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Restoring Economic Diplomacy

by C. Fred Bergsten, Peterson Institute for International Economics

Op-ed in the National Voter
January 27, 2009

© National Voter

In his campaign, President Barack Obama promised to revive American diplomacy to ease political tensions and security threats around the world. But the global economic and financial turmoil requires that the President restore economic diplomacy as well. Just as Americans are looking for new leadership, the world is looking to the new president for direction in renewing the global economy, stabilizing the financial crisis and redesigning the international regulatory regime that failed to prevent the current turmoil.

When the leaders of the G-20 countries assembled in Washington in November, after the election, Mr. Obama understandably declined to attend. Now another summit meeting, in April, could turn out to be his debut on the international economic stage.

The new president’s first priority must be to ensure that the search for solutions to the crisis does not deteriorate into acrimony and efforts to assign blame for the global meltdown. Squabbling over the causes of the crisis will only undermine confidence. There is, in any case, plenty of blame to go around.

More positively, President Obama must encourage all the economic powers to adopt fiscal stimulus programs based on tax cuts and additional government spending. These efforts should amount to at least 2 percent of their national economies. Some countries have already started to pave the way. China, which now accounts for more than a third of all global growth, has demonstrated admirable leadership by announcing a major expansion program. The Obama administration itself has indicated places for a similarly ambitious initiative. Europe and Japan are lagging, however, and need to join the program.

The Obama administration should also take seriously the G-20’s pledge to disavow the imposition of any new trade barriers. This will not be easy for a new president who during his campaign expressed skepticism about past trade deals. But he should keep in mind that it was a wave of protectionist trade measures, triggered by the infamous Smoot-Hawley tariff in the United States and quickly emulated by most Europeans, which contributed mightily to the Great Depression.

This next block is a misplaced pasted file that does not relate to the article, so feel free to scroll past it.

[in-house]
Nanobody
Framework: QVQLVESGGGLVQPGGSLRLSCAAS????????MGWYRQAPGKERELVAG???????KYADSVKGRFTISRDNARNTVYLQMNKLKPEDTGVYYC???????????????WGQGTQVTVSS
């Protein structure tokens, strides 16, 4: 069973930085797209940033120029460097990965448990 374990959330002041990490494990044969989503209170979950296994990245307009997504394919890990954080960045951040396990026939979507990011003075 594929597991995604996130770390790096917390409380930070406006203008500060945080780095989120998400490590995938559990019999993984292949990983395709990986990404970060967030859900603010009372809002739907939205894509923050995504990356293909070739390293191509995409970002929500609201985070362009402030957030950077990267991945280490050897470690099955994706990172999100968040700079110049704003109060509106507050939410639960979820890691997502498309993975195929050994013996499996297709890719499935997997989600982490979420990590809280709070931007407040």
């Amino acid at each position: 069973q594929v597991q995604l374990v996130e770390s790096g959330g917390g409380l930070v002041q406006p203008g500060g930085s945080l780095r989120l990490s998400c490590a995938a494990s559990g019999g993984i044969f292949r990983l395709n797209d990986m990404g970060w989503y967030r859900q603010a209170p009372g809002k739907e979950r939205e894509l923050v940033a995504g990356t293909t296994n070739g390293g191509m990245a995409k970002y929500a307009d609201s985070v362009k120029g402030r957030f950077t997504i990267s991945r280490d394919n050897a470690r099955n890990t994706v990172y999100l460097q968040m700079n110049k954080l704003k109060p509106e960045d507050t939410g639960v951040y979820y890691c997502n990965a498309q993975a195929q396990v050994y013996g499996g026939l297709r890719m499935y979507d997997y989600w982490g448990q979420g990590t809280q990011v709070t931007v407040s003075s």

The President also needs to ensure that the world’s leaders pledge at least $500 billion to augment the resources of the International Monetary Fund (IMF) so it can meet the needs of developing countries hammered by the crisis. Japan has offered $200 billion and China, with reserves nearing $2 trillion, could provide at least as much. The rich oil exporters, represented by Saudi Arabia at the G-20, could do so as well.

The final component of reform should flow from the G-20 of working groups to address systemic issues that helped bring on the crisis. Most importantly, they must figure out how to repair a broken system of financial regulation in the United States and numerous other countries. Among the other reforms should be a newly strengthened IMF, which has suffered from a lack of political legitimacy because of the gross under-representation within its leadership of rapidly emerging powers in Asia and elsewhere.

President Obama has a full agenda simply in dealing with domestic economic issues. But the true test of his leadership may come from his ability to forge economic partnerships on a global scale to respond to the truly global nature of the current economic and financial crisis.


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